In addition to other accomplishments, the Company increased its intellectual property portfolio during the past quarter. As of June 30, 2010, Senomyx is the owner or exclusive licensee of 207 issued patents and 362 pending patent applications related to proprietary taste receptor technologies in the U.S., Europe, and elsewhere. Technologies covered in the Company’s patents include taste receptor sequences and functions, screening assays, new flavor ingredients, and product applications.
Senomyx achieved its recent scientific advances under the leadership of Donald S. Karanewsky, Ph.D., who has served as Senior Vice President, Discovery since joining Senomyx in June 2007. In recognition of his valuable contributions to the Company, Dr. Karanewsky was appointed to the position of Senior Vice President and Chief Scientific Officer during the past quarter. Dr. Karanewsky received his Ph.D. and Master’s degrees in Chemistry from Harvard University and was granted a B.S. in Chemistry, Magna Cum Laude, from Stevens Institute of Technology in New Jersey.
Discovery & Development Program Updates:
Sweet Enhancer Program: The primary goal for this program is to identify flavor ingredients that allow a significant reduction of sweeteners in food and beverage products while maintaining the desired sweet taste. Senomyx has received a GRAS (Generally Recognized As Safe) regulatory designation for S6973, the Company’s sucrose enhancer that enables up to 50% reduction of sugar in certain foods and beverages while maintaining the sweet taste of natural sugar. The GRAS designation allows it to be used in the U.S. and in numerous other countries for most food products and selected beverages such as flavored milk, as well as ready-to-drink and instant coffee and tea. The sucrose enhancer is currently being evaluated by potential collaborators interested in using it for these beverage categories. Firmenich has exclusive worldwide rights to commercialize this sucrose enhancer for virtually all food categories, and co-exclusive rights for the powdered beverage category. Firmenich has initiated pre-commercialization activities with major clients in anticipation of conducting its first product launches during 2011.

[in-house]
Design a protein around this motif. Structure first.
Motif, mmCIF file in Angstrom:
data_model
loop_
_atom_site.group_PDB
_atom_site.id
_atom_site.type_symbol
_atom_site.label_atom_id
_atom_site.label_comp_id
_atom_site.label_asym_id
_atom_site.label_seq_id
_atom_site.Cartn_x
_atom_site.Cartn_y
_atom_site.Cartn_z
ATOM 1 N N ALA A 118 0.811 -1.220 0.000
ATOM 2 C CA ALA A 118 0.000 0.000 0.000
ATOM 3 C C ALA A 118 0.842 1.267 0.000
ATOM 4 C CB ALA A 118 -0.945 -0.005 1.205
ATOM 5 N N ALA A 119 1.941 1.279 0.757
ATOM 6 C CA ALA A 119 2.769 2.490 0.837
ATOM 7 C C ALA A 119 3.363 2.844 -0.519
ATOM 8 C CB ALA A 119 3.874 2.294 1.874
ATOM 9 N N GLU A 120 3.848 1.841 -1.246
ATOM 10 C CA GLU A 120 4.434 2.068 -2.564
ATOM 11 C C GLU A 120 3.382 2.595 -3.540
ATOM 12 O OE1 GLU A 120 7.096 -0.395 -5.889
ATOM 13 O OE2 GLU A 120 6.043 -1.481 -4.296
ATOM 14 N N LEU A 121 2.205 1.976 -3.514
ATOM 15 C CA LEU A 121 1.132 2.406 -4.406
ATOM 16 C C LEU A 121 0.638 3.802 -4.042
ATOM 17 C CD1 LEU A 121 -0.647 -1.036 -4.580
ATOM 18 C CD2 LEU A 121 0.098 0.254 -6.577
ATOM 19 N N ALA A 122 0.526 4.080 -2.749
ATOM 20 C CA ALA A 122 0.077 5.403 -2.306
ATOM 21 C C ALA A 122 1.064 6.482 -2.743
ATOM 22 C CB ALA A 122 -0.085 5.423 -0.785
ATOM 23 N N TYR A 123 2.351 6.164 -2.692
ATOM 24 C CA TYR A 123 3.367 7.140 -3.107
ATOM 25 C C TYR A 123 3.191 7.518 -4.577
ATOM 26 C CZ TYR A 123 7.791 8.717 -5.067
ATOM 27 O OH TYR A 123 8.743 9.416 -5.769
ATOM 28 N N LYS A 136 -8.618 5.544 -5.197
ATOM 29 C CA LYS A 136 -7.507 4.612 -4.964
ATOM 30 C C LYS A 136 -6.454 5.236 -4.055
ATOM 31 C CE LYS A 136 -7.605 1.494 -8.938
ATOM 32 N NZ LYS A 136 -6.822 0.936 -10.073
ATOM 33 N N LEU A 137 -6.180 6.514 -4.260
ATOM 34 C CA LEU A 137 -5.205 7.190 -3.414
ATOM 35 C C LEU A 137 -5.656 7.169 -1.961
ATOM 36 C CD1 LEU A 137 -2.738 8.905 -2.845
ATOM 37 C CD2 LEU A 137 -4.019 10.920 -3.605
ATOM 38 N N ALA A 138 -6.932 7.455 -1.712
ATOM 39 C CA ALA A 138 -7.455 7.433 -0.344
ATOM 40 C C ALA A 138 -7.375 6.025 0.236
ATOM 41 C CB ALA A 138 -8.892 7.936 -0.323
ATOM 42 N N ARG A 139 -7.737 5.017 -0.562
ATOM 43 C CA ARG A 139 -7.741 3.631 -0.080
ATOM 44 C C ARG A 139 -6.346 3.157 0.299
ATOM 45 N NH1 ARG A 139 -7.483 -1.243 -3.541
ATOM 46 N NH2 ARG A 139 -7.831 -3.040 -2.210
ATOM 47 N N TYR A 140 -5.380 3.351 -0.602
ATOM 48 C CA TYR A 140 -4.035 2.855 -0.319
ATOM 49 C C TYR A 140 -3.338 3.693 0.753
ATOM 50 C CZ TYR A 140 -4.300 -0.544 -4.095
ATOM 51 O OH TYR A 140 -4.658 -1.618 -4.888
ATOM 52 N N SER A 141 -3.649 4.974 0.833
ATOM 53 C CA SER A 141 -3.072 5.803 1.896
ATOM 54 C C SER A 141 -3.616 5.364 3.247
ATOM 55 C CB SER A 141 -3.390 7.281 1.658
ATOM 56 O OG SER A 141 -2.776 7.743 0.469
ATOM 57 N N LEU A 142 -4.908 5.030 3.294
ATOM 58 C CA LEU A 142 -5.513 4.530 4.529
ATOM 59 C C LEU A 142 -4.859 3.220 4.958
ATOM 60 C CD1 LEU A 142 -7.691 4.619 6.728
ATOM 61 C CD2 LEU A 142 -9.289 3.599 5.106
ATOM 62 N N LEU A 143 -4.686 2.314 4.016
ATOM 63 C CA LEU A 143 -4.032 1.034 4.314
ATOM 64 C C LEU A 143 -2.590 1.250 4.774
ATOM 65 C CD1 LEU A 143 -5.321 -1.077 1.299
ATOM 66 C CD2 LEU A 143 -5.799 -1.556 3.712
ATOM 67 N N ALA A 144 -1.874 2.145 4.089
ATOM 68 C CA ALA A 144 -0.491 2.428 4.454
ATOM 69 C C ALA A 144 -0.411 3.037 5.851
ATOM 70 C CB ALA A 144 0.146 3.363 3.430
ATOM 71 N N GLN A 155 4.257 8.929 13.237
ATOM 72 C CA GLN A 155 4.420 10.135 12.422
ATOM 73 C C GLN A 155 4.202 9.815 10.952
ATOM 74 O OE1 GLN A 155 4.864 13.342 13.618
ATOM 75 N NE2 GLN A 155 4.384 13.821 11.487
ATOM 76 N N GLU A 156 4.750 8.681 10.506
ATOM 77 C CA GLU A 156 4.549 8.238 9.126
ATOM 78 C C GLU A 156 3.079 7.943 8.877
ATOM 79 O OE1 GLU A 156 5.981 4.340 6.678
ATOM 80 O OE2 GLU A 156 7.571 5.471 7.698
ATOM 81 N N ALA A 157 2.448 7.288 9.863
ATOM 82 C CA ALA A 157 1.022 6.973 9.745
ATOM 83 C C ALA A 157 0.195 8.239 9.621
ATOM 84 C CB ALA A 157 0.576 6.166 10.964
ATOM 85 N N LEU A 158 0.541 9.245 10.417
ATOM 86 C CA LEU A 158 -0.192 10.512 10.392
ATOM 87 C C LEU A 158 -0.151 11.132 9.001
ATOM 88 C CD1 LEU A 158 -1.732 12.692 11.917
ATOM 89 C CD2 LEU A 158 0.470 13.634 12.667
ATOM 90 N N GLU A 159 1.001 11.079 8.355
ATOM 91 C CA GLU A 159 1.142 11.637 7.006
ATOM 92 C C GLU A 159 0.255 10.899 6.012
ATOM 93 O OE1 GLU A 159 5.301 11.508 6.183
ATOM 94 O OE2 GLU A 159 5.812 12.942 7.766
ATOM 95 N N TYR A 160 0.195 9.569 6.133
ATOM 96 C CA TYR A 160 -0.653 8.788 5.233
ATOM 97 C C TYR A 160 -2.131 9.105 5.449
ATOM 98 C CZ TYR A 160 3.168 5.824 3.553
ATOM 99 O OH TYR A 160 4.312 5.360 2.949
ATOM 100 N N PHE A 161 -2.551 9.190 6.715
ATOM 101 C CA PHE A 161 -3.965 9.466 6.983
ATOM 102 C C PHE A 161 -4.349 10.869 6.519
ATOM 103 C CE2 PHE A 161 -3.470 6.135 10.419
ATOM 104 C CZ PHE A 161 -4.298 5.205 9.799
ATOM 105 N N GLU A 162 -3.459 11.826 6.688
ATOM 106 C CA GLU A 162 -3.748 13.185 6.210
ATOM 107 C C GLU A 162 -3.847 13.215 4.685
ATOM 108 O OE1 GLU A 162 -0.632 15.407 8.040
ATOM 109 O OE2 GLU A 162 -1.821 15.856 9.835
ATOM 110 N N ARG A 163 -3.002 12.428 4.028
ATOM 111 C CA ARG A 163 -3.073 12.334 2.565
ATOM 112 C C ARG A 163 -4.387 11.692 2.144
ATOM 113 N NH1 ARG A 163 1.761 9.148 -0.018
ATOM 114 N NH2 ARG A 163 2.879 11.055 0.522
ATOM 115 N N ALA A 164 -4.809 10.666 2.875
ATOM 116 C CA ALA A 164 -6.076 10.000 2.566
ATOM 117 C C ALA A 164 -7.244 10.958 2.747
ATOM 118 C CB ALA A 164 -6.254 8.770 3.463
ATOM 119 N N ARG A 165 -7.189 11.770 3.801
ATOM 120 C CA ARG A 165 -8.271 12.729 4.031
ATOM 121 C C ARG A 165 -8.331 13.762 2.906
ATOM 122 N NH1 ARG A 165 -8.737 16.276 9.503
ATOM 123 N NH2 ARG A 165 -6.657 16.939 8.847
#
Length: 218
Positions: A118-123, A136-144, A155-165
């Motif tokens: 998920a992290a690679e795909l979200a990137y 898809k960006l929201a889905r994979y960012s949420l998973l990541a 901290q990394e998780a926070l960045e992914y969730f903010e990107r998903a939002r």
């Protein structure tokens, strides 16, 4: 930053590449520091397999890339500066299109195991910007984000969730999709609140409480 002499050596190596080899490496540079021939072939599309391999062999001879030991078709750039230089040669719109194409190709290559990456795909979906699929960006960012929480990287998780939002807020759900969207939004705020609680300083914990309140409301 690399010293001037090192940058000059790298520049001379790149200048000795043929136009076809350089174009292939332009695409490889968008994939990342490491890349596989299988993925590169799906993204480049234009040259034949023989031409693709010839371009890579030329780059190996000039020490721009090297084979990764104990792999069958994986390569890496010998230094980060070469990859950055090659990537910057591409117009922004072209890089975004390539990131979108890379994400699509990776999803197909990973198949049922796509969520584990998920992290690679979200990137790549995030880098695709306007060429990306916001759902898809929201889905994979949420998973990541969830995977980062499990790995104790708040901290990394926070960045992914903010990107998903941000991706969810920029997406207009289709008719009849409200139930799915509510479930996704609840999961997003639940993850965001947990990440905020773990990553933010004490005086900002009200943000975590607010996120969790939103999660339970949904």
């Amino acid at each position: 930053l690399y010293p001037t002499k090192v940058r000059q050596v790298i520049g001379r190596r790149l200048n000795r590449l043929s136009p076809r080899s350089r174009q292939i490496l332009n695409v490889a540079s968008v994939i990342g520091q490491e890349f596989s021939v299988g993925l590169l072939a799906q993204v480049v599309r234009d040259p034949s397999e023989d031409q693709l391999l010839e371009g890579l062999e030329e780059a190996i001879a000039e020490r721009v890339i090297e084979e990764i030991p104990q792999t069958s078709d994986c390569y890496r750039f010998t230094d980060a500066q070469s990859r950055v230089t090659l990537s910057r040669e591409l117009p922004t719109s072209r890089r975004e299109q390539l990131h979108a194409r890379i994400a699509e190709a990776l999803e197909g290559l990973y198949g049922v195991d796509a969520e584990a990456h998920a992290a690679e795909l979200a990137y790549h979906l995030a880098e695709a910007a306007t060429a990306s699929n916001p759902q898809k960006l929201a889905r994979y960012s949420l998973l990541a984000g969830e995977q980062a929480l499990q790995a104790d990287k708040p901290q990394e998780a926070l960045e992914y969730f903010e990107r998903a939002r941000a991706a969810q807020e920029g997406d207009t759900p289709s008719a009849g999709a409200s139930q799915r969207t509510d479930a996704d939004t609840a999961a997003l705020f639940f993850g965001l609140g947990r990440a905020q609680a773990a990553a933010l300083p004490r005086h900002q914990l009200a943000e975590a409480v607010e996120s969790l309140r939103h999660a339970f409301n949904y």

Additional advances with the Sweet Enhancer Program include the identification of a new family of sucrose enhancers with distinct physical properties that may be advantageous for a broader range of beverages and other product applications. A recently discovered sucrose enhancer from this family enables up to 50% reduction of sugar in preliminary taste tests.
During the first quarter of 2010, the Company identified the first Senomyx flavor ingredients that demonstrate a statistically significant amplification of the sweet taste of fructose, a key component of high fructose corn syrup. High fructose corn syrup is the primary sweetener used in carbonated and certain other beverages, especially in North America. A number of new samples have been active in the fructose enhancer screening assay. These are being optimized to increase their potency and improve their physical properties, followed by evaluation in taste tests.